Some people in Hancock County are still wading through the aftermath of Friday's extreme weather. There was a whole lot of rain pouring for almost the entire day. For people living close to the water, that's never good news.
Brian Adam is the Director of Emergency Management in Hancock County.
"This is some of the worst I've seen in a while," said Adam.
When it comes to preparing for bad weather, he said he can only do so much to warn the public. The rest is up to them.
"You know your area. You know when to go, and you know when to stay. Be prepared to leave if you have to leave," said Adam.
The Jourdan River neighborhood has one of the lowest elevations in the Kiln, which makes it a prime location to receive overflowing river water. Adam said the flooding could have been much worse.
"A lot of people may not consider this minor, but it is minor because we don't have houses damaged and only certain areas feel the impact of this water," said Adam
One of the residents who lives in the area says it may cost more and it may take a little bit more time, but the right preparations are key to avoiding damage. Ron Hellyer has been living in Jourdan River Shores for 13 years.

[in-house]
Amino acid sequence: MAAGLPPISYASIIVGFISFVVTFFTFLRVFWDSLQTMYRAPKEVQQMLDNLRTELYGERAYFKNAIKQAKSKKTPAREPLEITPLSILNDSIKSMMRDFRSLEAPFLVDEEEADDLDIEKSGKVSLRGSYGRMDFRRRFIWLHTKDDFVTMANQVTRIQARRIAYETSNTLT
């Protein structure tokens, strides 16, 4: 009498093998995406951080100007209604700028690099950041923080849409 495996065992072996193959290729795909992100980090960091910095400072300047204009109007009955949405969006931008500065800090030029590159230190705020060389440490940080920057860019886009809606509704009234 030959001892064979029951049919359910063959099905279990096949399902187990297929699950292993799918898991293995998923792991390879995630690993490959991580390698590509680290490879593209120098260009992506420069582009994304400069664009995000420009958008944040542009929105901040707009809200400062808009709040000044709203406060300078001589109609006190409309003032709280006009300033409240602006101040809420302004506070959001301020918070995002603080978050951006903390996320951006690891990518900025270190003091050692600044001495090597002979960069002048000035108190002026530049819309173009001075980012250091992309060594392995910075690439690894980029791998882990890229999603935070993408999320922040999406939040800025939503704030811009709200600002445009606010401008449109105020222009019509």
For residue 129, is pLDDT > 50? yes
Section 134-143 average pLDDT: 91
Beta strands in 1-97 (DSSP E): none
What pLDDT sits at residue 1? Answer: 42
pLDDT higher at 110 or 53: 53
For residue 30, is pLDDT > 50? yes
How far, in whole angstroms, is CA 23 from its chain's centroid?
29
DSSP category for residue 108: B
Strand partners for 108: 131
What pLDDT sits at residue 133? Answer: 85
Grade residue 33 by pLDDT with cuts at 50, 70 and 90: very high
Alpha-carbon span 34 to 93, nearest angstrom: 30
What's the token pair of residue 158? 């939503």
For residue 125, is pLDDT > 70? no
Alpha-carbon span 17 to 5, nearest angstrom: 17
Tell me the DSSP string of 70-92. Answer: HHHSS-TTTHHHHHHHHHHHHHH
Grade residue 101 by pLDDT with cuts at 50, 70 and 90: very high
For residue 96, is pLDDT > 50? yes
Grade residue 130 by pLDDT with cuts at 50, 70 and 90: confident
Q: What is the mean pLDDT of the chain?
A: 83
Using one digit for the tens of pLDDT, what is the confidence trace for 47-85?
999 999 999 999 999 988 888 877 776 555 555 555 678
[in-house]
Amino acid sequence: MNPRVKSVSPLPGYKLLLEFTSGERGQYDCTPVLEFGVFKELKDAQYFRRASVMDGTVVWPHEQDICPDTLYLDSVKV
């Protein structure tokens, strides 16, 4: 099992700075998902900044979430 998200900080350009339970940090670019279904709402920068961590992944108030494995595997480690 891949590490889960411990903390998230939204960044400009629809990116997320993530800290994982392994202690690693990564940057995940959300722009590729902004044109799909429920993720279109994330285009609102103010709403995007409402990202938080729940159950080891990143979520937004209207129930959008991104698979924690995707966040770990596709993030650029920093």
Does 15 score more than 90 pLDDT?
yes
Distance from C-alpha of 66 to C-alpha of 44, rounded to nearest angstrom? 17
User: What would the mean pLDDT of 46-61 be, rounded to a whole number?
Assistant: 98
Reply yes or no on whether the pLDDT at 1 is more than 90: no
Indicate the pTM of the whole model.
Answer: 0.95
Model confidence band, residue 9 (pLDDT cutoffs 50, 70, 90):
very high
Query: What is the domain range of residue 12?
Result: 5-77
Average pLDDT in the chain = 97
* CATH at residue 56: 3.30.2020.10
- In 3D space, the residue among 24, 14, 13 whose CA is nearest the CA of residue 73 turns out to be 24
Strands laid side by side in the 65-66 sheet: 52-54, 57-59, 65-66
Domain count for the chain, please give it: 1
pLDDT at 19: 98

"I just spent a little extra money up front and got a lot of fill brought in so I could at least get it up to that water line figuring that I would avoid most floods, which I do," said Hellyer.
Along with raising his slab, he also keeps his belongings easily portable. When the water starts to rise, he moves his valuables upstairs. He said that in the last 13 years, he's only seen about three floods overall.
In general, Hellyer says people should know about the areas they live in and be prepared for anything.
"It's part of living on the river, you know, you just plan for it," Hellyer said.
Officials say it could be days before the water recedes completely. It all depends on the weather on the days following the flooding.
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